5. At the end of each quarter (March 31, June 30, September 30, and December 31, with 15 days grace for each), you file the state and federal payroll taxes deducted during that period. You also file, and pay, state unemployment tax at each of these quarter ends.

  6. At the end of the year, you file and pay federal unemployment tax.

Why Incorporate, More Reasons

  • With an S-corp you've got all the apparatus for growing into a larger company. Your payroll mechanism scales to multiple employees with no necessary changes.

  • You come to understand how companies work, and your role vis-a-vis clients and the middlemen that separate you.

  • If you go back to W2 employment at some future time, when you get your paystubs, you can go over the figures to see if their withholdings are correct, because you know how they're supposed to be calculated.

  • Using your company as a formality for keeping track of job-related expenses. Need a technical book, or a new wireless router, or some paper clips? Charge it to the company card, then write it off. Incorporation gives you some added authenticity in the eyes of the IRS.

Spreadsheet Tips

My major advice here is to develop a passion for keeping very exact records, and get handy with MS-Excel if you aren't already. Whatever flavor of spreadsheet you use, here are some ideas for you to get started.

  • In one worksheet, I maintain one row for each pay period, with formulae for converting each gross pay to each of the withholdings in separate columns. I copy this row to another worksheet that uses those fields to generate a paystub.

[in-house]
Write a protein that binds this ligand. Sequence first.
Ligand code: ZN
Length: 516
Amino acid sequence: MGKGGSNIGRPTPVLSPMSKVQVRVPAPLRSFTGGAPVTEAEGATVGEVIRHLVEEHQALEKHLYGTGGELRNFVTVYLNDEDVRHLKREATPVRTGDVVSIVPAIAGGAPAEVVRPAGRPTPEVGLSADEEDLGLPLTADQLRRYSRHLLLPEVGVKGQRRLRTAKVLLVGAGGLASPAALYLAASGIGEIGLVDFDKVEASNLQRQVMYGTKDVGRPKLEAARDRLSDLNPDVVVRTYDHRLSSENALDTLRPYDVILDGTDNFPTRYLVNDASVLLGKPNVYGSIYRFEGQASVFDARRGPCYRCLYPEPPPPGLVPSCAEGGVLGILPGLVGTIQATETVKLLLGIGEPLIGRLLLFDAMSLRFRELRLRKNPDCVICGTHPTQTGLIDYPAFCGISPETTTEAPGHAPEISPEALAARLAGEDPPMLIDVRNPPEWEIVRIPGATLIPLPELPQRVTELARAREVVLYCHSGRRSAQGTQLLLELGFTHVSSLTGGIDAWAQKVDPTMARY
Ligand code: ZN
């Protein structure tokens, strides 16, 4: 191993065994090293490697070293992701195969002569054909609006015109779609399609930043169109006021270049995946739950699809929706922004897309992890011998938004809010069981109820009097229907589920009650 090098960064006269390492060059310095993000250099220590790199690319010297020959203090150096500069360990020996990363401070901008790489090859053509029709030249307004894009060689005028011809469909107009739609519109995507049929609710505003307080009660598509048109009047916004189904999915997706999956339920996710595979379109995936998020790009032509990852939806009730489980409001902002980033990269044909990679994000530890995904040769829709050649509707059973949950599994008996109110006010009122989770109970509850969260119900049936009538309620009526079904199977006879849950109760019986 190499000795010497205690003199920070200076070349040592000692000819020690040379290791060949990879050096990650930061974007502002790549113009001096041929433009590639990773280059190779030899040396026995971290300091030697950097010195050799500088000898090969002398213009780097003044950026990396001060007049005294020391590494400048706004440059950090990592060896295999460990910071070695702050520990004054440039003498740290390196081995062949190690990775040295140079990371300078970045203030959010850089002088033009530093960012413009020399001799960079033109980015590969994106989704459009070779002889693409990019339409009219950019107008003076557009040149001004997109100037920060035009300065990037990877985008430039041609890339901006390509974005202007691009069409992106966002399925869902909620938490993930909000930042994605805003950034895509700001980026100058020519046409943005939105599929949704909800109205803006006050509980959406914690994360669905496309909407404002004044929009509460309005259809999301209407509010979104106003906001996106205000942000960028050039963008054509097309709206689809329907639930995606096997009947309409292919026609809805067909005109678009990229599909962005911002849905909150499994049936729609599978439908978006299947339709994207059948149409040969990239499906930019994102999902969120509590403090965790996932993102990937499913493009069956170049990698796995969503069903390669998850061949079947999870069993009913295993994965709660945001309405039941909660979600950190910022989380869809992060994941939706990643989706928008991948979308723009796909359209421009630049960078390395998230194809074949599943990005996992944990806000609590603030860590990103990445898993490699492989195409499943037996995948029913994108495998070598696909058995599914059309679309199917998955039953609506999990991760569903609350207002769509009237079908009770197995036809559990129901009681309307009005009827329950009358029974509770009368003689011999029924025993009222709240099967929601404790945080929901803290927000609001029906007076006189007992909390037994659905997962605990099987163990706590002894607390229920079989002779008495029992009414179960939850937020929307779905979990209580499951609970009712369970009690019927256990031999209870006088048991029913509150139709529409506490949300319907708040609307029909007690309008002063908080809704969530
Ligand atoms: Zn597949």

• Divide the pay period rows into four separate groups corresponding to the quarter of the year. Your state unemployment insurance payments are computed according to quarter.

  • Use another part of your worksheet to keep tracks of each of the categories of tax payments that you make. Label them according to the month and quarter they were for. The steady bi-weekly, monthly and quarterly paperwork, filings and payments become a blur after a while, so keep good records. The 15th day of the month into a new quarter can be a panicky day if you're unsure of your filings and payments.

  • Use another part of your worksheet to show what taxes are currently owed by comparing the payroll rows with the Tax Payments Made records. And finally you can calculate the financial state of your company: money in the bank after you've made payroll, minus the taxes not yet paid.

Other Tips

  • For each transaction relating to salary, keep together copies of the pay stub, check, cancelled check and bank statement line item. Staple them all together and file them away. Do the same for each transaction relating to invoicing and client payment. You'll have so much order in your records, you'll be wanting to dare the IRS to audit you.

  • Keep track of your expenditures using your company card or checks for things other than salary. Now here is a case where I recommend using something like Quicken instead of rolling your own Excel spreadsheet. Don't go overboard and invest in QuickBooks or anything, although Quicken "Premier Home and Business" is worth the extra few bucks.

  • It's inevitable that your personal and business bank accounts will intermingle on occasion. Here's two things that happen to me a few times a year: I buy groceries with the company card because I forgot the personal card at home. Or, I absent-mindedly use my personal card to buy a piece of networking hardware that I want to be a business expense. I de-mingle these as they occur, and keep a paper trail. I have a separate forms that I use for payment back to the company, or payment from the company, and I copy the check, cancelled check, and bank statement line item for each one, as I do with other expenses.